HUNTSVILLE, Texas (AP) —A Houston man condemned for the slaying of a police officer shot while trying to handcuff him during a car theft arrest 14 years ago was put to death Wednesday evening.
Jeffrey Demond Williams, 37, received lethal injection just over an hour after his last-day appeal to the U.S. Supreme Court failed.
Williams said police are "clowns"and accused them of "killing all these kids."
''Y'all are getting away with murder all the time."
He briefly picked up his head as the lethal drugs took effect, then took several deep breaths and gently snored.
Williams was pronounced dead at 6:36 p.m. CDT, 26 minutes after lethal drug began, making him the sixth Texas inmate executed this year.
Williams' lawyers had appealed to the nation's highest court to block the punishment after lower courts rejected their arguments that Williams was failed by his previous attorneys.
Williams was convicted of fatally shooting 39-year-old Houston officer Troy Blando while Blando was handcuffing him on May 19, 1999. Williams shot Blando with a gun he had tucked under his shirt. Blando was watching a motel where car thefts were suspected when he saw Williams drive up in a Lexus that was reported stolen in a carjacking nine days earlier.
Prosecutors say that after shooting Blando, Williams fled the scene but only made it about a block before he was captured. Blando's cuffs were hanging from one of his wrists.
In their appeal, Williams' attorneys contended his execution should be postponed so that the courts can further review their claims that he received substandard legal help at his trial that influenced the jury's decision to sentence him to death.
They also said he received "grossly deficient" counsel early on in the appeals process because his attorneys then didn't address the poor job his trial attorneys had done.
"Mr. Williams has never been afforded the guarantee of constitutionally effective counsel at the punishment phase and he for nine years has sought a remedy in the state and federal courts for the resulting deprivation of his right to one meaningful opportunity to challenge his death sentence," said Jonathan Sheldon, Williams lead attorney.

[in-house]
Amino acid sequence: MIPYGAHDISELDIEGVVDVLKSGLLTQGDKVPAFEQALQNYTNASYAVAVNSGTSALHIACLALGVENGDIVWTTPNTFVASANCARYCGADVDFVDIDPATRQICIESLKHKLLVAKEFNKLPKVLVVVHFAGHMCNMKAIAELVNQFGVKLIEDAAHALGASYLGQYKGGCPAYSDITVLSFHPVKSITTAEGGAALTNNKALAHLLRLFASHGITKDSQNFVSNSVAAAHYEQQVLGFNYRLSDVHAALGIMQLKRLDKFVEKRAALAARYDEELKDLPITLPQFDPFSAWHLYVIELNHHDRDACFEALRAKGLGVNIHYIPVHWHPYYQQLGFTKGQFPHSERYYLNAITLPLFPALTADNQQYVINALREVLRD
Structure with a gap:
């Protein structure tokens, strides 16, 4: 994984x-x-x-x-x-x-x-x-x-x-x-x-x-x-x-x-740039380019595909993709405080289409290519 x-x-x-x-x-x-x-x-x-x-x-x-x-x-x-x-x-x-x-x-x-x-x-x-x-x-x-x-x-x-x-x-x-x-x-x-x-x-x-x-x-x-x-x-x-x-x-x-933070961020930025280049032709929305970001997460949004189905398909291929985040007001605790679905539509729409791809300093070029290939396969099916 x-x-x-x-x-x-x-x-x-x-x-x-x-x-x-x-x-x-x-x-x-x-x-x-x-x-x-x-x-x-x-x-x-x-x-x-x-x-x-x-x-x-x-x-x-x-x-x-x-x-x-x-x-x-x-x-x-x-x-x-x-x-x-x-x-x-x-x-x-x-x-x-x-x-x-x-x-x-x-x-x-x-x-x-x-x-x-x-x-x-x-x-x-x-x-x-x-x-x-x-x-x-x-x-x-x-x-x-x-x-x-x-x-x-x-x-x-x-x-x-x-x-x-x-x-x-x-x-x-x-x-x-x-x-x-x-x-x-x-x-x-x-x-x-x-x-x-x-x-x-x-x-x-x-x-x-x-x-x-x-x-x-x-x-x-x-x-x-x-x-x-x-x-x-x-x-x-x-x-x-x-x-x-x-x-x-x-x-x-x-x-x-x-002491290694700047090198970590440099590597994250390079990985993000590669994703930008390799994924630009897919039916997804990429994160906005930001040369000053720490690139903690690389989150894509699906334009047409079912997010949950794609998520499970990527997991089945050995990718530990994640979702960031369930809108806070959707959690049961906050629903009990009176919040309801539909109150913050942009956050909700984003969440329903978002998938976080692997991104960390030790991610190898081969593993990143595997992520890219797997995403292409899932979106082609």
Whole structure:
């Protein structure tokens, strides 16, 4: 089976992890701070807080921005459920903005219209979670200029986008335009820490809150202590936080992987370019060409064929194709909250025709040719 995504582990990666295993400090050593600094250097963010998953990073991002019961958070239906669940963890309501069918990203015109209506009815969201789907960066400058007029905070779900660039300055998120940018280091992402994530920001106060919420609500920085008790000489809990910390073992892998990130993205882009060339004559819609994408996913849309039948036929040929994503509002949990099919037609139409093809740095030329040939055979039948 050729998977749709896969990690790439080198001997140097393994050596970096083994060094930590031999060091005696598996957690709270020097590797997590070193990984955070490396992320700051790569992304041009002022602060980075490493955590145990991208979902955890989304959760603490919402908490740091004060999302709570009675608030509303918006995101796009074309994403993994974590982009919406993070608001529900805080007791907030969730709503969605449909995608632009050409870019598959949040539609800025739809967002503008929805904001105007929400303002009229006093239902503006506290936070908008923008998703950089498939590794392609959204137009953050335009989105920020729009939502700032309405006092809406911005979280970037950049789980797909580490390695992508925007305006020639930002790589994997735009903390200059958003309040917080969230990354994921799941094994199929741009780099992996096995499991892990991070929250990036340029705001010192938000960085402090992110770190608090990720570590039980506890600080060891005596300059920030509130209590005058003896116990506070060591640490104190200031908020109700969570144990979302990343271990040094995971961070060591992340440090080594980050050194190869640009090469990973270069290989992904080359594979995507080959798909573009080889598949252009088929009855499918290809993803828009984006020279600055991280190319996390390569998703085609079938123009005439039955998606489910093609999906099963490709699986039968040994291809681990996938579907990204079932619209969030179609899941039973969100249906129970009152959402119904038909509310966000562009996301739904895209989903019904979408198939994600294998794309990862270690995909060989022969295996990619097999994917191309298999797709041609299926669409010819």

Attorneys for the state opposed any delay, contending Williams' arguments were rejected by the courts, including the Supreme Court, in earlier appeals.
"He raises the very same meritless claim," Edward Marshall, an assistant Texas attorney general, said in his filing to the justices. "Williams is simply hoping for another bite at the apple, to appeal the denial of his substantive claims which have not factually changed in the nine years since he first raised them."
Williams' fingerprints were found on the Lexus and also on Blando's vehicle, evidence showed. When arrested, Williams was carrying the 9 mm pistol determined to be the murder weapon.
At his trial, his lawyers tried to show Williams was unintelligent, had emotional problems and didn't deserve to die.
Evidence showed Williams gave investigators five taped confessions the day he was arrested. Williams said he fired in self-defense, feared Blando could have been a carjacker and didn't know Blando was an officer. In another confession, he acknowledged knowing he was shooting a policeman.
Court records show Blando, although in plain clothes, was carrying his badge around his neck.
Testimony and confessions also linked Williams to four robberies, another shooting and an attempted robbery.
Williams became the 498th Texas prisoner put to death since the state resumed carrying out capital punishment in 1982. He is the sixth inmate executed in Texas this year. Williams is also the fifth Black prisoner executed this year.
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